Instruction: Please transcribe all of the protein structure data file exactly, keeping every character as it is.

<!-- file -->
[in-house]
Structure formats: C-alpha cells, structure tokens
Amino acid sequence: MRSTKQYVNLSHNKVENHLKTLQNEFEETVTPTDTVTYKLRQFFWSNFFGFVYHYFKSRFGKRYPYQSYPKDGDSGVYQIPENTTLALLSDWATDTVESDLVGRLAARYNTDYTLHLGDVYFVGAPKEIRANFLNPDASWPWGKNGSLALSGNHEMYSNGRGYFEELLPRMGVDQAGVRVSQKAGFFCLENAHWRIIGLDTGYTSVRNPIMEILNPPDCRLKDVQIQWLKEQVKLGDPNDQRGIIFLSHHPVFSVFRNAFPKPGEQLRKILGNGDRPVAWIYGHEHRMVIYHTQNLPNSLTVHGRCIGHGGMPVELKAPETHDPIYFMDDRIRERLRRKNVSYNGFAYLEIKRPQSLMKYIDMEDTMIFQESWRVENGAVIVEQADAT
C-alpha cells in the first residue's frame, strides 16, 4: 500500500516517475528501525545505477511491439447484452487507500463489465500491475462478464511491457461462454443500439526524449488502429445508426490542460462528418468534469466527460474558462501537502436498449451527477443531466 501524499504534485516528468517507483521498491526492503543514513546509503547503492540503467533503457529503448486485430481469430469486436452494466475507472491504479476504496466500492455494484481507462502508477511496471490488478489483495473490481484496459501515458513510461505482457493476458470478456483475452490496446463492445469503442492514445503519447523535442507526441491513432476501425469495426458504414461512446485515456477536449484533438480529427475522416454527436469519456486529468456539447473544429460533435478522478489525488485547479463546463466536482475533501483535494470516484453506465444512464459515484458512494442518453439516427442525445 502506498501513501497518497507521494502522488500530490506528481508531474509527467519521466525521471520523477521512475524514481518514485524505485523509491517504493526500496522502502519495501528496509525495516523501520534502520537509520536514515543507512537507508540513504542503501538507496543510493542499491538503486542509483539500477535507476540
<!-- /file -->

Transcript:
[in-house]
Structure formats: C-alpha cells, structure tokens
Amino acid sequence: MRSTKQYVNLSHNKVENHLKTLQNEFEETVTPTDTVTYKLRQFFWSNFFGFVYHYFKSRFGKRYPYQSYPKDGDSGVYQIPENTTLALLSDWATDTVESDLVGRLAARYNTDYTLHLGDVYFVGAPKEIRANFLNPDASWPWGKNGSLALSGNHEMYSNGRGYFEELLPRMGVDQAGVRVSQKAGFFCLENAHWRIIGLDTGYTSVRNPIMEILNPPDCRLKDVQIQWLKEQVKLGDPNDQRGIIFLSHHPVFSVFRNAFPKPGEQLRKILGNGDRPVAWIYGHEHRMVIYHTQNLPNSLTVHGRCIGHGGMPVELKAPETHDPIYFMDDRIRERLRRKNVSYNGFAYLEIKRPQSLMKYIDMEDTMIFQESWRVENGAVIVEQADAT
C-alpha cells in the first residue's frame, strides 16, 4: 500500500516517475528501525545505477511491439447484452487507500463489465500491475462478464511491457461462454443500439526524449488502429445508426490542460462528418468534469466527460474558462501537502436498449451527477443531466 501524499504534485516528468517507483521498491526492503543514513546509503547503492540503467533503457529503448486485430481469430469486436452494466475507472491504479476504496466500492455494484481507462502508477511496471490488478489483495473490481484496459501515458513510461505482457493476458470478456483475452490496446463492445469503442492514445503519447523535442507526441491513432476501425469495426458504414461512446485515456477536449484533438480529427475522416454527436469519456486529468456539447473544429460533435478522478489525488485547479463546463466536482475533501483535494470516484453506465444512464459515484458512494442518453439516427442525445 502506498501513501497518497507521494502522488500530490506528481508531474509527467519521466525521471520523477521512475524514481518514485524505485523509491517504493526500496522502502519495501528496509525495516523501520534502520537509520536514515543507512537507508540513504542503501538507496543510493542499491538503486542509483539500477535507476540